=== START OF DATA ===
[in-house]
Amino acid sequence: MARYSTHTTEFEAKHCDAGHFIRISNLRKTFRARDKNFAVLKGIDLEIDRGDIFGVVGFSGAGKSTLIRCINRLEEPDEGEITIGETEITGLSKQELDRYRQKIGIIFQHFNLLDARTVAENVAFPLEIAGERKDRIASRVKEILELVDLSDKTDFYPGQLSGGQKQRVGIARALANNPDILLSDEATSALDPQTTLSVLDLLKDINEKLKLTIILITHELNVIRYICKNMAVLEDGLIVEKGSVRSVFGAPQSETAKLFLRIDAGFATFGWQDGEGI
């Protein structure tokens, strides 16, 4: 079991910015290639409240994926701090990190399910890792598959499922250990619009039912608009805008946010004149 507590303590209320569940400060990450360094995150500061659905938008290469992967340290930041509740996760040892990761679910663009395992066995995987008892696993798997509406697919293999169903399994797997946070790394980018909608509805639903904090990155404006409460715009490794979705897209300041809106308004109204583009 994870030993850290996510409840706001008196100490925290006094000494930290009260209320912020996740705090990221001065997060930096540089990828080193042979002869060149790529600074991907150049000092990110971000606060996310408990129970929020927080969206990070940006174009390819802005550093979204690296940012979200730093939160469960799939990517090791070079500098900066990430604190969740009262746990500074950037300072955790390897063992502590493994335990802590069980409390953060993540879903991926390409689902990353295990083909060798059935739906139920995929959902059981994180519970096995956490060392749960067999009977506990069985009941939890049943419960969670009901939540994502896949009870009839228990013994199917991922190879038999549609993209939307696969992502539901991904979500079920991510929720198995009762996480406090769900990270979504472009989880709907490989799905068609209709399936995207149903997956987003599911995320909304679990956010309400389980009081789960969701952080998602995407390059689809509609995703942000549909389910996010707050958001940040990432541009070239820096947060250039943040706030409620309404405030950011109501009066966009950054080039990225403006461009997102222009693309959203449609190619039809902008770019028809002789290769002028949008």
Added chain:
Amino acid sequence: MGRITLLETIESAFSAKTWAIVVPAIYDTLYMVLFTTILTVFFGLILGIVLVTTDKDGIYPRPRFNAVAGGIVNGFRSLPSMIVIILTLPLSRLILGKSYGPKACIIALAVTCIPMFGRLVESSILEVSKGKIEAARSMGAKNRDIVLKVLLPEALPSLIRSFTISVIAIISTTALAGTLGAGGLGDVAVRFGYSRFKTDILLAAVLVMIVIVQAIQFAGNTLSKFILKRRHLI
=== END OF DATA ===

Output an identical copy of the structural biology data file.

[in-house]
Amino acid sequence: MARYSTHTTEFEAKHCDAGHFIRISNLRKTFRARDKNFAVLKGIDLEIDRGDIFGVVGFSGAGKSTLIRCINRLEEPDEGEITIGETEITGLSKQELDRYRQKIGIIFQHFNLLDARTVAENVAFPLEIAGERKDRIASRVKEILELVDLSDKTDFYPGQLSGGQKQRVGIARALANNPDILLSDEATSALDPQTTLSVLDLLKDINEKLKLTIILITHELNVIRYICKNMAVLEDGLIVEKGSVRSVFGAPQSETAKLFLRIDAGFATFGWQDGEGI
């Protein structure tokens, strides 16, 4: 079991910015290639409240994926701090990190399910890792598959499922250990619009039912608009805008946010004149 507590303590209320569940400060990450360094995150500061659905938008290469992967340290930041509740996760040892990761679910663009395992066995995987008892696993798997509406697919293999169903399994797997946070790394980018909608509805639903904090990155404006409460715009490794979705897209300041809106308004109204583009 994870030993850290996510409840706001008196100490925290006094000494930290009260209320912020996740705090990221001065997060930096540089990828080193042979002869060149790529600074991907150049000092990110971000606060996310408990129970929020927080969206990070940006174009390819802005550093979204690296940012979200730093939160469960799939990517090791070079500098900066990430604190969740009262746990500074950037300072955790390897063992502590493994335990802590069980409390953060993540879903991926390409689902990353295990083909060798059935739906139920995929959902059981994180519970096995956490060392749960067999009977506990069985009941939890049943419960969670009901939540994502896949009870009839228990013994199917991922190879038999549609993209939307696969992502539901991904979500079920991510929720198995009762996480406090769900990270979504472009989880709907490989799905068609209709399936995207149903997956987003599911995320909304679990956010309400389980009081789960969701952080998602995407390059689809509609995703942000549909389910996010707050958001940040990432541009070239820096947060250039943040706030409620309404405030950011109501009066966009950054080039990225403006461009997102222009693309959203449609190619039809902008770019028809002789290769002028949008």
Added chain:
Amino acid sequence: MGRITLLETIESAFSAKTWAIVVPAIYDTLYMVLFTTILTVFFGLILGIVLVTTDKDGIYPRPRFNAVAGGIVNGFRSLPSMIVIILTLPLSRLILGKSYGPKACIIALAVTCIPMFGRLVESSILEVSKGKIEAARSMGAKNRDIVLKVLLPEALPSLIRSFTISVIAIISTTALAGTLGAGGLGDVAVRFGYSRFKTDILLAAVLVMIVIVQAIQFAGNTLSKFILKRRHLI